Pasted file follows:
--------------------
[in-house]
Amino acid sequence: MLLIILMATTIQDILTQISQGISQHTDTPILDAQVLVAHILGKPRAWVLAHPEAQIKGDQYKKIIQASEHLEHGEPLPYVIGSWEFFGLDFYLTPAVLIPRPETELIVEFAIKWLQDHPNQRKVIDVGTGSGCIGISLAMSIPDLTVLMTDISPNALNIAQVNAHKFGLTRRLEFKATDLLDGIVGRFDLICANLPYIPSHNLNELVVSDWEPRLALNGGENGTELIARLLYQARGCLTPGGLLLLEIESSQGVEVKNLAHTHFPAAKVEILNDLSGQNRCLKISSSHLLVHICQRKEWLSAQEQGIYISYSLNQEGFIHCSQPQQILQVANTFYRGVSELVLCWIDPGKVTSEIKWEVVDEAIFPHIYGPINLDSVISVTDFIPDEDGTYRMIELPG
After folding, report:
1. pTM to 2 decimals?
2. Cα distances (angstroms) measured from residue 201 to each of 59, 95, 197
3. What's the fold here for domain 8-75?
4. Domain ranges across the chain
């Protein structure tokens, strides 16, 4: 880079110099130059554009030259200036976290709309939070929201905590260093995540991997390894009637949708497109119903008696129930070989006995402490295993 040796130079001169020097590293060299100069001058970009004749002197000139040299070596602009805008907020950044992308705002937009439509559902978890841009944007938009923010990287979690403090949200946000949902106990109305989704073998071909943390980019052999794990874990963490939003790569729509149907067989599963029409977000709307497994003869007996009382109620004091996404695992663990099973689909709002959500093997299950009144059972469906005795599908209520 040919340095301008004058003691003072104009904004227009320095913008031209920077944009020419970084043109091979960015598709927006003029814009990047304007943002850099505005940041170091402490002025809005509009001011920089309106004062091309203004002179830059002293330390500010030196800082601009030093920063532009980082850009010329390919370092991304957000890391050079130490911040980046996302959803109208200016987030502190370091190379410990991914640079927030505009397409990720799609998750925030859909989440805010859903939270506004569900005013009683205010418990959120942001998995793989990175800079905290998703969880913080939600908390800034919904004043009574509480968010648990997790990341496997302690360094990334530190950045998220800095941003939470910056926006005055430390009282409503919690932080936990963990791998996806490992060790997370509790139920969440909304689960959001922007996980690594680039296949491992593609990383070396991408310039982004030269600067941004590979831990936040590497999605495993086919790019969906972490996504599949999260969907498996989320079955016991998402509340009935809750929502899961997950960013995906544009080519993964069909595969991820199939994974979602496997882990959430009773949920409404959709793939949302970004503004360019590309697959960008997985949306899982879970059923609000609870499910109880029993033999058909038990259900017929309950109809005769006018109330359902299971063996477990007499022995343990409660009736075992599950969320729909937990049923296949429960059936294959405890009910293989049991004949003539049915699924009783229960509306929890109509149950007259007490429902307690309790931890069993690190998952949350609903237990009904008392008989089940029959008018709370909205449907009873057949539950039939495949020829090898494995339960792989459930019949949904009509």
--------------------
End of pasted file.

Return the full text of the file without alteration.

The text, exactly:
[in-house]
Amino acid sequence: MLLIILMATTIQDILTQISQGISQHTDTPILDAQVLVAHILGKPRAWVLAHPEAQIKGDQYKKIIQASEHLEHGEPLPYVIGSWEFFGLDFYLTPAVLIPRPETELIVEFAIKWLQDHPNQRKVIDVGTGSGCIGISLAMSIPDLTVLMTDISPNALNIAQVNAHKFGLTRRLEFKATDLLDGIVGRFDLICANLPYIPSHNLNELVVSDWEPRLALNGGENGTELIARLLYQARGCLTPGGLLLLEIESSQGVEVKNLAHTHFPAAKVEILNDLSGQNRCLKISSSHLLVHICQRKEWLSAQEQGIYISYSLNQEGFIHCSQPQQILQVANTFYRGVSELVLCWIDPGKVTSEIKWEVVDEAIFPHIYGPINLDSVISVTDFIPDEDGTYRMIELPG
After folding, report:
1. pTM to 2 decimals?
2. Cα distances (angstroms) measured from residue 201 to each of 59, 95, 197
3. What's the fold here for domain 8-75?
4. Domain ranges across the chain
């Protein structure tokens, strides 16, 4: 880079110099130059554009030259200036976290709309939070929201905590260093995540991997390894009637949708497109119903008696129930070989006995402490295993 040796130079001169020097590293060299100069001058970009004749002197000139040299070596602009805008907020950044992308705002937009439509559902978890841009944007938009923010990287979690403090949200946000949902106990109305989704073998071909943390980019052999794990874990963490939003790569729509149907067989599963029409977000709307497994003869007996009382109620004091996404695992663990099973689909709002959500093997299950009144059972469906005795599908209520 040919340095301008004058003691003072104009904004227009320095913008031209920077944009020419970084043109091979960015598709927006003029814009990047304007943002850099505005940041170091402490002025809005509009001011920089309106004062091309203004002179830059002293330390500010030196800082601009030093920063532009980082850009010329390919370092991304957000890391050079130490911040980046996302959803109208200016987030502190370091190379410990991914640079927030505009397409990720799609998750925030859909989440805010859903939270506004569900005013009683205010418990959120942001998995793989990175800079905290998703969880913080939600908390800034919904004043009574509480968010648990997790990341496997302690360094990334530190950045998220800095941003939470910056926006005055430390009282409503919690932080936990963990791998996806490992060790997370509790139920969440909304689960959001922007996980690594680039296949491992593609990383070396991408310039982004030269600067941004590979831990936040590497999605495993086919790019969906972490996504599949999260969907498996989320079955016991998402509340009935809750929502899961997950960013995906544009080519993964069909595969991820199939994974979602496997882990959430009773949920409404959709793939949302970004503004360019590309697959960008997985949306899982879970059923609000609870499910109880029993033999058909038990259900017929309950109809005769006018109330359902299971063996477990007499022995343990409660009736075992599950969320729909937990049923296949429960059936294959405890009910293989049991004949003539049915699924009783229960509306929890109509149950007259007490429902307690309790931890069993690190998952949350609903237990009904008392008989089940029959008018709370909205449907009873057949539950039939495949020829090898494995339960792989459930019949949904009509």